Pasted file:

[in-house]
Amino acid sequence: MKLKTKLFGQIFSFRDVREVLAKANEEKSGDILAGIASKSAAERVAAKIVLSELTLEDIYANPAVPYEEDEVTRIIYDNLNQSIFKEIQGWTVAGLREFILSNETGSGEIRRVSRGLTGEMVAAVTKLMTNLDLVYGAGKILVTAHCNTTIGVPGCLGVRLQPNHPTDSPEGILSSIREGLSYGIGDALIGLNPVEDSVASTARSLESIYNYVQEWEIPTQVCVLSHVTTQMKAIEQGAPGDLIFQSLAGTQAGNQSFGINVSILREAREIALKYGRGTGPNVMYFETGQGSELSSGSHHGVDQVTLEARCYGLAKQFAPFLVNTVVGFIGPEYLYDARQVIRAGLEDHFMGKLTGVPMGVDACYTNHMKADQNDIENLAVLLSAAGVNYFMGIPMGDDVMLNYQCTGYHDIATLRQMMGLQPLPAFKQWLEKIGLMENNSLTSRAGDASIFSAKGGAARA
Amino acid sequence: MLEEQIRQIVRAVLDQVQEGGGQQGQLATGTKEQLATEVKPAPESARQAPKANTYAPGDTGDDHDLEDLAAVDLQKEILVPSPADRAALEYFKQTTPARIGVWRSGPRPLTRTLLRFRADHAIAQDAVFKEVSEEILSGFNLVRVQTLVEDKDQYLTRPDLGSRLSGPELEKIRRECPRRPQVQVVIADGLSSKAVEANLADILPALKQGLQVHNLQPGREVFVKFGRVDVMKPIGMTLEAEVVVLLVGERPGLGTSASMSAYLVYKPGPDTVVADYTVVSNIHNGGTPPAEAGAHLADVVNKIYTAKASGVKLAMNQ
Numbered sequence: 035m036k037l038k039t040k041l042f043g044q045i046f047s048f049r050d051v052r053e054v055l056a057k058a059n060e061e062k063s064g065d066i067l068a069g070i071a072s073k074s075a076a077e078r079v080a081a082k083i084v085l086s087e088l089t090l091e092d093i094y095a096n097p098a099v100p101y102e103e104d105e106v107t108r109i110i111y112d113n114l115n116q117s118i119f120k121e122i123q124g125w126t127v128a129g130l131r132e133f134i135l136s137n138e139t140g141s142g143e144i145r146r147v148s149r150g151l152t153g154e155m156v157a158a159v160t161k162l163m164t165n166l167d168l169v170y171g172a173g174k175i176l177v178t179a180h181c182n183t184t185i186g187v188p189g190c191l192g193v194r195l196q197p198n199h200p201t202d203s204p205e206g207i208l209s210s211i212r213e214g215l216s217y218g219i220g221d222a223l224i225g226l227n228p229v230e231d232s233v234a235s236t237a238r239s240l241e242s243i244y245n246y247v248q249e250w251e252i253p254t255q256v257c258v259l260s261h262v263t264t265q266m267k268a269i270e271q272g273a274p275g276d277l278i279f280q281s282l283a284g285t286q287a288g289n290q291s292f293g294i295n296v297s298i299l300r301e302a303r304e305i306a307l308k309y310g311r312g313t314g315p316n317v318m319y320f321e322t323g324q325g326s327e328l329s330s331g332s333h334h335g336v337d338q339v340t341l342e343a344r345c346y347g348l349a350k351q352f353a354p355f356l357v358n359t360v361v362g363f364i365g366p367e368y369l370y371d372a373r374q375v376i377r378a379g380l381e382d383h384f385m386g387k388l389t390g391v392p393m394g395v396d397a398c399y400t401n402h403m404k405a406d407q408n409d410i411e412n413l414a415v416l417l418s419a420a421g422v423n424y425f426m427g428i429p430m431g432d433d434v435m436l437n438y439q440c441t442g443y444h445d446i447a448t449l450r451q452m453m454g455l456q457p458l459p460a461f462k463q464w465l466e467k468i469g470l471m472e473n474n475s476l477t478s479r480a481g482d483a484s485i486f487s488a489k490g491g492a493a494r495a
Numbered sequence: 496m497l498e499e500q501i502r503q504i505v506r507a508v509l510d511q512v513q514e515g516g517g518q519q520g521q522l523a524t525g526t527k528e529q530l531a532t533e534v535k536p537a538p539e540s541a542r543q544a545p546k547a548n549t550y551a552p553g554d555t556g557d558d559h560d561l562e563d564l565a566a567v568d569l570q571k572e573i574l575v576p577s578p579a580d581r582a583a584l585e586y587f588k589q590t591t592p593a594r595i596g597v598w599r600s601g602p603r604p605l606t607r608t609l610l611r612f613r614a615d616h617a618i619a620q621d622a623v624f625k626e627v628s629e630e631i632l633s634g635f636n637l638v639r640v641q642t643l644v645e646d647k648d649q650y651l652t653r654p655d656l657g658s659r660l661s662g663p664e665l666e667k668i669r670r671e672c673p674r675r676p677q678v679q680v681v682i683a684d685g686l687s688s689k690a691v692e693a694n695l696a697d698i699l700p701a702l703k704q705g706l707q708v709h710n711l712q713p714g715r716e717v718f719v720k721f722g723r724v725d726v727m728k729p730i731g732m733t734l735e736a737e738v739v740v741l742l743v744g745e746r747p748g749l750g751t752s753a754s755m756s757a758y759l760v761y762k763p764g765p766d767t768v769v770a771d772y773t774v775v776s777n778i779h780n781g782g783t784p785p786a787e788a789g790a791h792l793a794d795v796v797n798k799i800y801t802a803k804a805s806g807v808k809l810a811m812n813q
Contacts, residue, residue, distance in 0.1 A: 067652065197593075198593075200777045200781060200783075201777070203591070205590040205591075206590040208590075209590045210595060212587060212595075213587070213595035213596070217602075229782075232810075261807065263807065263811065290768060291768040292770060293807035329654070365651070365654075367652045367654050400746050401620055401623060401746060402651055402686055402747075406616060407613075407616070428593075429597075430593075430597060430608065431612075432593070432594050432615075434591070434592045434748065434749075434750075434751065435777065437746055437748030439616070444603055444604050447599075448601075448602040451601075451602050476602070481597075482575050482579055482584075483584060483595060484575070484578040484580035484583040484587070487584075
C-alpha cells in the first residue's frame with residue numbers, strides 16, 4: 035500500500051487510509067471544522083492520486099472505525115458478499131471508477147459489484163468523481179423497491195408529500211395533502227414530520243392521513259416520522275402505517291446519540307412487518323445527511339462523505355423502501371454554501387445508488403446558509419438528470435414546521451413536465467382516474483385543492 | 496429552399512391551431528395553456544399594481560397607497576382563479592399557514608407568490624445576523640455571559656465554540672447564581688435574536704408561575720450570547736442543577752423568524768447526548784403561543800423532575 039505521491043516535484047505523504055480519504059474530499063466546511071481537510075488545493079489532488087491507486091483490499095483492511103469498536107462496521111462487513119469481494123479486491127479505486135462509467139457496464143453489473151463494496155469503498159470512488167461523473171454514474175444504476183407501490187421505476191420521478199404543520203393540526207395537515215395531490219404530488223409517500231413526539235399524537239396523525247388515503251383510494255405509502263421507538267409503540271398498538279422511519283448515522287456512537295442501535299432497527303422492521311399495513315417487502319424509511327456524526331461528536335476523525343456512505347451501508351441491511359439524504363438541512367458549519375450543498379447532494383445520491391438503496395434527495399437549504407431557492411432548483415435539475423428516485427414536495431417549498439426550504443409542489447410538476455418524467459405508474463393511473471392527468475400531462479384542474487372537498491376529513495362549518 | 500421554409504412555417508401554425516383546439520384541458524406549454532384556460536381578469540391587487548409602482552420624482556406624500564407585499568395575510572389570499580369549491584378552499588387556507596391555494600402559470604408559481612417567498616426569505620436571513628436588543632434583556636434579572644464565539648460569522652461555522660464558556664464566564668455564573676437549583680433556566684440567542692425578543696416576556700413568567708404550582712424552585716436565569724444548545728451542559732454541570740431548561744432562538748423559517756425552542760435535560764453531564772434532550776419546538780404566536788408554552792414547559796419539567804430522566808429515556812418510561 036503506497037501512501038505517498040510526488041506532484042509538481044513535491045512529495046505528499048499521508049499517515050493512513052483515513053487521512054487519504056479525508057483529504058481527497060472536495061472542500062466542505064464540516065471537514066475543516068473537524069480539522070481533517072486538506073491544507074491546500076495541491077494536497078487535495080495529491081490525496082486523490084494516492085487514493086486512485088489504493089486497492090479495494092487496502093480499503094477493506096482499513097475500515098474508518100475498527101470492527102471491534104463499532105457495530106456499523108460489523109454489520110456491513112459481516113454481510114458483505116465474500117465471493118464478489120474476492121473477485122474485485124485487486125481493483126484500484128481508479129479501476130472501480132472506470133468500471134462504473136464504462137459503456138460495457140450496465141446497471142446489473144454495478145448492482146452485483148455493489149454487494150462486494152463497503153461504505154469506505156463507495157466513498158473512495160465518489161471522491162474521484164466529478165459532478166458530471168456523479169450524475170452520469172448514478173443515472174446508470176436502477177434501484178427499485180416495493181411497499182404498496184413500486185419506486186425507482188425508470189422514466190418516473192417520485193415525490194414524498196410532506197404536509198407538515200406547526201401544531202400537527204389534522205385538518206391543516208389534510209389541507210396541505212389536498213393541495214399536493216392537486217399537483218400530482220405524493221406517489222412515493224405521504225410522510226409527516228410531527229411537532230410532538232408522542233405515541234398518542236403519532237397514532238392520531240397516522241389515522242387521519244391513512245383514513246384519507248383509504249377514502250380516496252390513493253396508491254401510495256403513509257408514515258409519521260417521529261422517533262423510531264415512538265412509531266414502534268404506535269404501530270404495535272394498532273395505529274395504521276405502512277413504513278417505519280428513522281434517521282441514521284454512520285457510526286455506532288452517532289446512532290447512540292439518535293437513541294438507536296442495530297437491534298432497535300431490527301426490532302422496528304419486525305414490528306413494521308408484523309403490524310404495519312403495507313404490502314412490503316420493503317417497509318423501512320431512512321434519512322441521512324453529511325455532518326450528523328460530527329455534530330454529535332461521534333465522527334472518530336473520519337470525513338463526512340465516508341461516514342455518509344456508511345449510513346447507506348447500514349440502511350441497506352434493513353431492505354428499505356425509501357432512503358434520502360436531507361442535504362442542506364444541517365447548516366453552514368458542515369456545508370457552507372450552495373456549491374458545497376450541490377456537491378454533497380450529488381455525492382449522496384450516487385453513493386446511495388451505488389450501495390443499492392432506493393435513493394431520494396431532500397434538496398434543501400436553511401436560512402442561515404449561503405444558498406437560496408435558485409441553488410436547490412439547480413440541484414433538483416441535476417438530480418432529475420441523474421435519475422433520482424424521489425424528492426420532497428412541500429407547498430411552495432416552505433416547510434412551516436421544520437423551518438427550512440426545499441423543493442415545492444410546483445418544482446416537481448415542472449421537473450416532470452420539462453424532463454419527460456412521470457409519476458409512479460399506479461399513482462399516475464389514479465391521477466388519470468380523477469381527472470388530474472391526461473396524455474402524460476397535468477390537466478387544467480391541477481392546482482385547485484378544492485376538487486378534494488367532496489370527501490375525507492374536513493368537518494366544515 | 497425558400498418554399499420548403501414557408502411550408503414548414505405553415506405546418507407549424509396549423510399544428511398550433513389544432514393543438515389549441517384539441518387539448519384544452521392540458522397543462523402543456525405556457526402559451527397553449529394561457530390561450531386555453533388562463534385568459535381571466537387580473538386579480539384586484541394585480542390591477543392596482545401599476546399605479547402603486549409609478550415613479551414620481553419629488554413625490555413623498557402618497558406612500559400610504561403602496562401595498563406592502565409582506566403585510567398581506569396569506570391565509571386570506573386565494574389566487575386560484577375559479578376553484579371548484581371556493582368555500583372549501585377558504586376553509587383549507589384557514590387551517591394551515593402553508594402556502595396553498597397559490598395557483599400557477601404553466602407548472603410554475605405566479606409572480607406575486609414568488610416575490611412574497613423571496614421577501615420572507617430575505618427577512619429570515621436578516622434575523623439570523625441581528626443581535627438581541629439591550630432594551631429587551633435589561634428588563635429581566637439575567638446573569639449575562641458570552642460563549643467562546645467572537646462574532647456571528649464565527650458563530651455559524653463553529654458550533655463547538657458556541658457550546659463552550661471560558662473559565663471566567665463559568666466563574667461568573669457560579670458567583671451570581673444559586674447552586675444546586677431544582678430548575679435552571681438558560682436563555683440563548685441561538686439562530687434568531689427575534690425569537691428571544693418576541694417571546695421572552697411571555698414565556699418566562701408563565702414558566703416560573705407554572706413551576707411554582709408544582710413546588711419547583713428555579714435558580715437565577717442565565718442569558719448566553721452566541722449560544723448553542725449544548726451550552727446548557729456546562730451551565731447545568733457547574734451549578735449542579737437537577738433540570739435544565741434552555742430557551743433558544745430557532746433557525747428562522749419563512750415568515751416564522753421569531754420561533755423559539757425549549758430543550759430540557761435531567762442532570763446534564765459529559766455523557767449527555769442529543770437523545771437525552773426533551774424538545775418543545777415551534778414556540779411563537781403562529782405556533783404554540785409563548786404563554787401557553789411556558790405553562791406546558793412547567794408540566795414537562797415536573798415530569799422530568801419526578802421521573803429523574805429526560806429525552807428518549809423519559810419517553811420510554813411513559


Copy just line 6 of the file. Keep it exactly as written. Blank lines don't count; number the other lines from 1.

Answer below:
Contacts, residue, residue, distance in 0.1 A: 067652065197593075198593075200777045200781060200783075201777070203591070205590040205591075206590040208590075209590045210595060212587060212595075213587070213595035213596070217602075229782075232810075261807065263807065263811065290768060291768040292770060293807035329654070365651070365654075367652045367654050400746050401620055401623060401746060402651055402686055402747075406616060407613075407616070428593075429597075430593075430597060430608065431612075432593070432594050432615075434591070434592045434748065434749075434750075434751065435777065437746055437748030439616070444603055444604050447599075448601075448602040451601075451602050476602070481597075482575050482579055482584075483584060483595060484575070484578040484580035484583040484587070487584075